Just 10 days into the New Year, I received a press release announcing the ethanol industry had overtaken livestock as the largest consumer of the nation’s corn supply. The release, citing data from North American Risk Management Services, Inc., explained that ethanol production had nearly quadrupled between 2005 and 2011, now gobbling up 5.02 billion bushels, more than 40% of last year’s harvest. Corn use for livestock and poultry feed fell 22% during that period and now accounts for about 4.79 billion bushels of the 2011 crop.
Before ethanol, corn prices mostly bounced around between $2 and $3 a bushel. In 2006, corn-use graph lines began to diverge, setting a trend that persists today. The added competition for corn naturally drove prices skyward, while pork producer margins turned red, sending them scrambling to find alternative energy sources.
A portion of the 22% drop in usage was made up by substituting distiller’s dried grains with solubles (DDGS) as an energy source in cattle, hog and poultry diets. In the pork industry, it took a while to get a handle on how much DDGS could be fed, for how long and whether it affected pig performance, carcass quality and/or sow productivity.
Depending on the source of DDGS, fat levels generally ran between 10-12%. Gestating sows got along quite well with diets containing 30-40% DDGS, as did grow-finish pigs. But swine nutritionists knew that high unsaturated fatty acid levels created a less desirable carcass fat.
Soon, packers began checking carcass iodine values (IV), the most common measure of fat softness. High IV levels drew warnings. Some suggested DDGS levels be lowered or completely withdrawn from finishing diets the last 4-6 weeks before marketing. If high IV persisted, future loads would be scrutinized more closely and carcass value discounts could be levied.
I believe every pork producer in the land wants to deliver a top quality product. But as high corn prices cut heavily into margins, alternative feed ingredients, such as DDGS or bakery byproducts, were needed to trim the highest portion of their input cost.
Here’s the rub. In the past couple of months, I’ve bumped into frustrated producers and nutritionists wanting to know what target to shoot for. “Tell us what level you want and we will give it to you,” they say. One industry veteran noted, “It’s not that different from when packers wanted leaner hogs. They set weight and backfat criteria and producers responded.”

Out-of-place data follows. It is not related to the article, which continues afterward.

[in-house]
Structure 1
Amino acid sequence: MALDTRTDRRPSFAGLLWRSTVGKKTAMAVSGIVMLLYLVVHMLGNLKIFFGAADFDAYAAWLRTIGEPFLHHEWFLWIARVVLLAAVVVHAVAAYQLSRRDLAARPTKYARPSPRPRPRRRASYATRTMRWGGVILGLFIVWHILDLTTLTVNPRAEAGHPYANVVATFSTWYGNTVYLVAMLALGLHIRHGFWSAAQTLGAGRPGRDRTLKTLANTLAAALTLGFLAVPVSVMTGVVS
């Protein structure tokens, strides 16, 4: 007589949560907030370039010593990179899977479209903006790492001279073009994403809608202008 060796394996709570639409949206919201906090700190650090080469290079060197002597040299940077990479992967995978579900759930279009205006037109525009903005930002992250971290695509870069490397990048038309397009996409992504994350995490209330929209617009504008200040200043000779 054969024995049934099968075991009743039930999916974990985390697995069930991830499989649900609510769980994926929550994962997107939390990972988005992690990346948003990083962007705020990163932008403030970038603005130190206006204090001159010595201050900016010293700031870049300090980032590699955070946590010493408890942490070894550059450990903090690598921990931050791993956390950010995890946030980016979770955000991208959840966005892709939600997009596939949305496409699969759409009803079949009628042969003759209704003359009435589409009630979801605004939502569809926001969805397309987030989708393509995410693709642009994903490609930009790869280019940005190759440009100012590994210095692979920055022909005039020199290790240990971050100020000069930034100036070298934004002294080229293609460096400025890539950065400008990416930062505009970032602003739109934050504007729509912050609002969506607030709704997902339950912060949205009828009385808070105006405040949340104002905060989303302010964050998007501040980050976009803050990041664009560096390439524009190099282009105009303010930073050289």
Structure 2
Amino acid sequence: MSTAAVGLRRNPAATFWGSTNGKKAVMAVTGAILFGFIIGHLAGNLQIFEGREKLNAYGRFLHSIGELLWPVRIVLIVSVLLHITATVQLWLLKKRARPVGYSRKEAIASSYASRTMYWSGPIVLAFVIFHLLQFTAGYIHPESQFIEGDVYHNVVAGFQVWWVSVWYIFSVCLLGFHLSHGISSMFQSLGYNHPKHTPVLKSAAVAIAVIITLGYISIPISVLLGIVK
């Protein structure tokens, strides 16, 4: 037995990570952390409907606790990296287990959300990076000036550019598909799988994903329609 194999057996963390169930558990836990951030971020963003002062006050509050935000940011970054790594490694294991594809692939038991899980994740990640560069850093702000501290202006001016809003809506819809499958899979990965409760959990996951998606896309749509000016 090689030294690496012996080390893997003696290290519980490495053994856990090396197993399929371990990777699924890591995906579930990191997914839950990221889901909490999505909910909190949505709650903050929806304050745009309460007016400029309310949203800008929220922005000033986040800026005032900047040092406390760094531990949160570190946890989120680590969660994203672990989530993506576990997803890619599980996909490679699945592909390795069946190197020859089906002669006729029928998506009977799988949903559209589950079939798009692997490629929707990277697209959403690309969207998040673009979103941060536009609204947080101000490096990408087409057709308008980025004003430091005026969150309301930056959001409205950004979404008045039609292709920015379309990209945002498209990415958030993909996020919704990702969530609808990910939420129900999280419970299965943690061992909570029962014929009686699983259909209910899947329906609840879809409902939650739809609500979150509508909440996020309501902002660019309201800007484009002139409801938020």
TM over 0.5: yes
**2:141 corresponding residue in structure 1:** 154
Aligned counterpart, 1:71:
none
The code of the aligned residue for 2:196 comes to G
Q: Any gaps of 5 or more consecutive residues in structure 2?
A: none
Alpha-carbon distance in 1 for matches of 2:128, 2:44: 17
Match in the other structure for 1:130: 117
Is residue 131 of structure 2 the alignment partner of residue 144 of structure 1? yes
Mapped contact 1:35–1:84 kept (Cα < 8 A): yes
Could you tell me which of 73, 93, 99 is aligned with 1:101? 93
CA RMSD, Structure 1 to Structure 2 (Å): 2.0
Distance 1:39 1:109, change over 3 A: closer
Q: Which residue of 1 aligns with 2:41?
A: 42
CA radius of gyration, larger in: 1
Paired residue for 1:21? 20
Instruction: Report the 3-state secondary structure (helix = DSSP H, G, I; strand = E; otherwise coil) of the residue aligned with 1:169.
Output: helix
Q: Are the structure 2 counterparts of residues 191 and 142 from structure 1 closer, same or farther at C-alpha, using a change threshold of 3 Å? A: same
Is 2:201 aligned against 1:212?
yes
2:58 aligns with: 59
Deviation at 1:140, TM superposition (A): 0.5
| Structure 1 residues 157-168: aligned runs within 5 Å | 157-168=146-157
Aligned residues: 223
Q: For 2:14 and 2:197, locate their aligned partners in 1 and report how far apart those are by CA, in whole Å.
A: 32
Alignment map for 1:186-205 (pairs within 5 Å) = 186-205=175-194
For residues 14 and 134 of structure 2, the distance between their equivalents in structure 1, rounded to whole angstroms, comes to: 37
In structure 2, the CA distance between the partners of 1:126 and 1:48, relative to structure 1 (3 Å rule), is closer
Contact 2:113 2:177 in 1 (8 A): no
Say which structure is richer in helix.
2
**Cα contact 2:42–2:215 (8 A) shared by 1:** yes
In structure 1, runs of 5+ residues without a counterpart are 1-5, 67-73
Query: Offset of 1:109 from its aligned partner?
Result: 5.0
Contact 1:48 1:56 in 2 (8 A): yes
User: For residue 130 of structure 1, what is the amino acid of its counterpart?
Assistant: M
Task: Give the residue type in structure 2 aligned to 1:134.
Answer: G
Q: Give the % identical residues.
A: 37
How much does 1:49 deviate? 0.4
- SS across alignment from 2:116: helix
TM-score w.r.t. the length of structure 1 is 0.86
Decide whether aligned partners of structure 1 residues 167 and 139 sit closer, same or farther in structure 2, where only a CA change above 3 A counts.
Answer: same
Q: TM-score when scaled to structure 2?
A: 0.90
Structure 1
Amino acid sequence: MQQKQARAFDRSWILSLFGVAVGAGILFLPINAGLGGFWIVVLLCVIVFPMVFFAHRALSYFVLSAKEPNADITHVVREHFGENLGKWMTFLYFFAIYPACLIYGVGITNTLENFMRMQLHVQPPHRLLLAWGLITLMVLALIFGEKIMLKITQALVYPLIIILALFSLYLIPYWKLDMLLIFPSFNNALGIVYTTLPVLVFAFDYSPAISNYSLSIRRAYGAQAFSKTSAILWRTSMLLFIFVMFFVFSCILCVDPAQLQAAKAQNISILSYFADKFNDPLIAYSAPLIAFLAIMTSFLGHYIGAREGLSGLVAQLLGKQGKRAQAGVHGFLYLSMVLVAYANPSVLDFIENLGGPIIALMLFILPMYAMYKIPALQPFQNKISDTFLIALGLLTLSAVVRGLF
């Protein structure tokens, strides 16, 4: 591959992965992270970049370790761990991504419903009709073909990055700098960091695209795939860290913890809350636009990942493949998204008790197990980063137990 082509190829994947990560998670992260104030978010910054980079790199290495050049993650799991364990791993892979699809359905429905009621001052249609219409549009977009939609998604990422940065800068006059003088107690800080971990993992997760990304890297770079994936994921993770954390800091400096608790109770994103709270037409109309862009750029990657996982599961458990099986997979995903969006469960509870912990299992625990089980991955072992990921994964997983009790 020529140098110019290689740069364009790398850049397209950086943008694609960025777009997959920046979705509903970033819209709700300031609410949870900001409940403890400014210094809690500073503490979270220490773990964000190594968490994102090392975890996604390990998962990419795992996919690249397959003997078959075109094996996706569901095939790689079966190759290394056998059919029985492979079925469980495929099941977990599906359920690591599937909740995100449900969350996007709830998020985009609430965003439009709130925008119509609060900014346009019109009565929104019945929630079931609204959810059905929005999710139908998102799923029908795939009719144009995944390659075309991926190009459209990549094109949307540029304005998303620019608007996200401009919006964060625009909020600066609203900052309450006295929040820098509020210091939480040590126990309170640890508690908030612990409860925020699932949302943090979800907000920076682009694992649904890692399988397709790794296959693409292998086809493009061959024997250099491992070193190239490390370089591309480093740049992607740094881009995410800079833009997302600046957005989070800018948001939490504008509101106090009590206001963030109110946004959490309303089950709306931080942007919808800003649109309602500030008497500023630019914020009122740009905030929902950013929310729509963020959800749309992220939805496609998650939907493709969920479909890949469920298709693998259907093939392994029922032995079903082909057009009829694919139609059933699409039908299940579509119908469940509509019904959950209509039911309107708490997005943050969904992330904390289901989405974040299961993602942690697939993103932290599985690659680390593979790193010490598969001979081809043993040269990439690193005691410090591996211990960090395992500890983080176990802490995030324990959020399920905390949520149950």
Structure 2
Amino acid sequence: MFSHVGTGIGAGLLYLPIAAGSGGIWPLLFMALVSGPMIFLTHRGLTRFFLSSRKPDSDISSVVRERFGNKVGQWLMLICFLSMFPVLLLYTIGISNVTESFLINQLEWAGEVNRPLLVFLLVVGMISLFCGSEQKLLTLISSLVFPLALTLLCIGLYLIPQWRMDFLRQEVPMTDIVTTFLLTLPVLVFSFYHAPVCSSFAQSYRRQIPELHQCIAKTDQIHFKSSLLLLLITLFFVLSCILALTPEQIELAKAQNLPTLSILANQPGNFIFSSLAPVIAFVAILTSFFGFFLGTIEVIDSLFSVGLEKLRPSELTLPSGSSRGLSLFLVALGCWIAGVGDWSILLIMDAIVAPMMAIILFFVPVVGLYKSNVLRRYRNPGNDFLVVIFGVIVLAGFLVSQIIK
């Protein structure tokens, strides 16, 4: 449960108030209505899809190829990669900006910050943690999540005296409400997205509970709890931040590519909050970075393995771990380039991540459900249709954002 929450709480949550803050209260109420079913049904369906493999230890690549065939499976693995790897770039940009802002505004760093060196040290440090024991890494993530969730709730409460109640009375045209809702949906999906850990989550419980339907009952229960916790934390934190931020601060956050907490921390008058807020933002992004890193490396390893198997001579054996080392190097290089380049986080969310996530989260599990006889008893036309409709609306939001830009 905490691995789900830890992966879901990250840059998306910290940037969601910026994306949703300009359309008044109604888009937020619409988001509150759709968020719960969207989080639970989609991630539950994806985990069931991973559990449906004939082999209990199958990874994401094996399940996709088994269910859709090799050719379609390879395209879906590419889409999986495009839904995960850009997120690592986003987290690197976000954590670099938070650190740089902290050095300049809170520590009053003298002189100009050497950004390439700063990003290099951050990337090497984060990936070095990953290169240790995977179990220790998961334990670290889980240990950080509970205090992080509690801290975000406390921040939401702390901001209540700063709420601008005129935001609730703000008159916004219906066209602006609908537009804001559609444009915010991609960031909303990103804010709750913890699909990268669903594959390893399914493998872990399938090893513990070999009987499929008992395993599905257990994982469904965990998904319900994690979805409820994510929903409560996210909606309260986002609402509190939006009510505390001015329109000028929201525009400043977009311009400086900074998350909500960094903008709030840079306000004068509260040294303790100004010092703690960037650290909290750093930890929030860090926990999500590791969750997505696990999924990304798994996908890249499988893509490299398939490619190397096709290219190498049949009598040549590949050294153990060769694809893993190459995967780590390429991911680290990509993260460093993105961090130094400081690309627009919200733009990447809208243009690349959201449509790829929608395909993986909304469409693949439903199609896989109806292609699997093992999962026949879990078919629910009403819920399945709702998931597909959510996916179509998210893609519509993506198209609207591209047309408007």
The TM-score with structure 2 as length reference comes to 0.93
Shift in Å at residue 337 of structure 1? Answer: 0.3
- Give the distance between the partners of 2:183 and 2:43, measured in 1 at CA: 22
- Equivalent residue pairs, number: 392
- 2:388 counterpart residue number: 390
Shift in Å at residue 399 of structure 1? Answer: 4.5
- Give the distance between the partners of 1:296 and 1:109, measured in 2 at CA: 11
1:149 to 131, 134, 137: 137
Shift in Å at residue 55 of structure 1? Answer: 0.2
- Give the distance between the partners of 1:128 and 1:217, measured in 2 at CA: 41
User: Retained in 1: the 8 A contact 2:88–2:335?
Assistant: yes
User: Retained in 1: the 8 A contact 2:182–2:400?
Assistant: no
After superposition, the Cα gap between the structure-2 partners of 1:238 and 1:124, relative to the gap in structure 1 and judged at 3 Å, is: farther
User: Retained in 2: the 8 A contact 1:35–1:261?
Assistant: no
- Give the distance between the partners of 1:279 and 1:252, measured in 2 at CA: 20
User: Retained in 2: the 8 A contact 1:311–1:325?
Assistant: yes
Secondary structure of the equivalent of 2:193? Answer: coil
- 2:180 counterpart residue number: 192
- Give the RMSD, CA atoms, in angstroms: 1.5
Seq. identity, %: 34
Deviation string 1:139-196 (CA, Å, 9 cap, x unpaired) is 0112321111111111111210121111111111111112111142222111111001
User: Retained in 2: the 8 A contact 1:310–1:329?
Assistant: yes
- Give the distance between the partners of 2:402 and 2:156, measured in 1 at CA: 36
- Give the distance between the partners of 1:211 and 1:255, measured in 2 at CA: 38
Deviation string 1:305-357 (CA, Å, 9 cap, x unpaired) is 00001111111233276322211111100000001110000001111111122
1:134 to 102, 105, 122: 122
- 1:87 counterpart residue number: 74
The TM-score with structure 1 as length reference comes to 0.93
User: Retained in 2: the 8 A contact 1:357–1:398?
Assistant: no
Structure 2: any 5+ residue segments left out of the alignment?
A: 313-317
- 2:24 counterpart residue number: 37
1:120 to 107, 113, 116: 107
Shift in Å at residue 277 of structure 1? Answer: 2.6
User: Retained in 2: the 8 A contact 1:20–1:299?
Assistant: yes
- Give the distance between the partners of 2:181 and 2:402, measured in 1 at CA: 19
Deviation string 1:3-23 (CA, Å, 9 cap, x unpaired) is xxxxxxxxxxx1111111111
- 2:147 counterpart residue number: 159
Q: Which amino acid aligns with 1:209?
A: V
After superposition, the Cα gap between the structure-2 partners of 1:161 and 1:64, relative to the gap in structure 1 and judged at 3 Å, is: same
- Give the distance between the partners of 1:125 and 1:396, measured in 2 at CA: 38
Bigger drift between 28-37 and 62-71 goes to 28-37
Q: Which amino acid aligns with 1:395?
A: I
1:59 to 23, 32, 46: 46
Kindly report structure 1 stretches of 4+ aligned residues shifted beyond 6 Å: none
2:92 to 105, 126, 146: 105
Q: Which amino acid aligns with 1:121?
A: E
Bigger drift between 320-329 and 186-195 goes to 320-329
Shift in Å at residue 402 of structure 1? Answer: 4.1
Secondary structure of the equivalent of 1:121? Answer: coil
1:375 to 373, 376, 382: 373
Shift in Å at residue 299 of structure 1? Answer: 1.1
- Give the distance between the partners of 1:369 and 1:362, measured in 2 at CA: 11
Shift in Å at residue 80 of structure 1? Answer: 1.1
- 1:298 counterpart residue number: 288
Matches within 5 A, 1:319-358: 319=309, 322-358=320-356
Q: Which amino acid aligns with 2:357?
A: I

I figured the packers deserved a chance to weigh in on the subject, so I drafted a short survey and e-mailed it to a couple dozen packers. The questionnaire asked mostly “yes” and “no” questions. Do you measure IV? Where on the carcass is the sample taken? What is the maximum IV considered “acceptable”? Do you recommend maximum DDGS guidelines in finishing diets? Do you recommend withdrawal periods prior to slaughter? Do you see seasonal differences in IV? Are you testing new technologies that will allow more sampling, possibly at line speeds?
Just four packers completed and returned the survey. Now I’ve never known folks in the packing business to be particularly shy about expressing their views on matters dealing with carcass value, so I deduced they simply did not want to go “on the record” with their answers. I’m told they prefer to handle the issue on a case-by-case basis.
Their prerogative, but one response to the survey laid out the issue quite nicely: “Soft fat and thin bellies present challenges in fabrication, in pulling the spare rib. Soft fat has had a detrimental impact on international sales where firmer fat is a highly desired attribute in the belly. The integrity of the shoulder and ham muscles is also impacted with higher levels of unsaturated fat.”
This packer also noted his company is testing several new technologies that will enhance their ability to obtain more IV readings on more carcasses. “We believe technology is advancing rapidly on several fronts which will allow the industry the capability to quickly and accurately analyze (carcass fat) for IV,” he stated.
We’ve spent a fair amount of time and energy digging into the fat quality/iodine value issue in this edition. While the response to the packer survey was disappointing, our discussions with many industry sources make it clear that carcass fat quality will remain on the packers’ radar screens. With 26% or more of U.S. pork sent to foreign lands, it is not a quality issue to be taken lightly.